Sober Thoughts on Online Identity

Marco Arment published a blog post yesterday, Own your identity, that’s particularly prescient as Google claws after more of our online identities with its new Plus social platform. The full piece is worth a read, but here are a few choice morsels:

If you care about your online presence, you must own it. I do, and that’s why my email address has always been at my own domain, not the domain of any employer or webmail service.

Sadly, most people don’t care about giving control of their online identity to current or future advertising companies.

He links to another article he wrote earlier this year, Let us pay for this service so it won’t go down, which is also highly topical. Again, a couple of relevant passages:

For something as important as email, I’ve never trusted everything to a proprietary provider. My email address has never ended in someone else’s domain name…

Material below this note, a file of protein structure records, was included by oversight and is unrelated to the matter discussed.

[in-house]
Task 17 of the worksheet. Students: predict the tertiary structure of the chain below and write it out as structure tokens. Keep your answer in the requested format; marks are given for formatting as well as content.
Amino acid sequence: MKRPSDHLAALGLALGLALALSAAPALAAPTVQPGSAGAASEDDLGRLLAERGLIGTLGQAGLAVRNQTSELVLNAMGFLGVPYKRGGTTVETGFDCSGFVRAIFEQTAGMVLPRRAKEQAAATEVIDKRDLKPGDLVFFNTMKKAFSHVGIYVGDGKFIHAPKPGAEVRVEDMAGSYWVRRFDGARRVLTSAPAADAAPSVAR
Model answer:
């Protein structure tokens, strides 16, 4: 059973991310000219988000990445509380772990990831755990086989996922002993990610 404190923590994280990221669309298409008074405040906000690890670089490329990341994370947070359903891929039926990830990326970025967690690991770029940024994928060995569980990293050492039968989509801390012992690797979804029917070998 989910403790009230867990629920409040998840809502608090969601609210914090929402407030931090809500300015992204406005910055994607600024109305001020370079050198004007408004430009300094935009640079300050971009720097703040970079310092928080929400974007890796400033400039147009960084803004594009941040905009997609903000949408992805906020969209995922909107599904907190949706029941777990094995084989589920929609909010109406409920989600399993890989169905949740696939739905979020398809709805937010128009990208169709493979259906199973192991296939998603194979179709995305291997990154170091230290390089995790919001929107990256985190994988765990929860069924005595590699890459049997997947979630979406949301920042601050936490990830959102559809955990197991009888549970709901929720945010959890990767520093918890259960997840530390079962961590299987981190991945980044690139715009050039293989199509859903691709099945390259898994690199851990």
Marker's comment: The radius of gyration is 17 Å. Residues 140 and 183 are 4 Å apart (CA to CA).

You must own any data that’s irreplaceable to you.

I agree wholeheartedly with Marco. You can’t trust advertising companies disguised as social networks (i.e. Facebook, Google) with your most important assets, like your photos, email, and documents. They’re reselling it all behind your back. You signed a legal agreement to let them do this when you opened an account with them.

Buy your own domain name (I use for this). Set up and pay for your own email account with an independent provider (I use for this). Set up your own blog with an independent host (admittedly, I don’t do this, this blog is hosted with; but I recently read their terms of service and have started the process to move to a new host where I don’t give away any rights for the content I post).

It is often argued that First Nations people gave away North America to European explorers for mere baubles and beads. Similarly, internet users are giving themselves away these days in exchange for access to social networks. We need to wise up.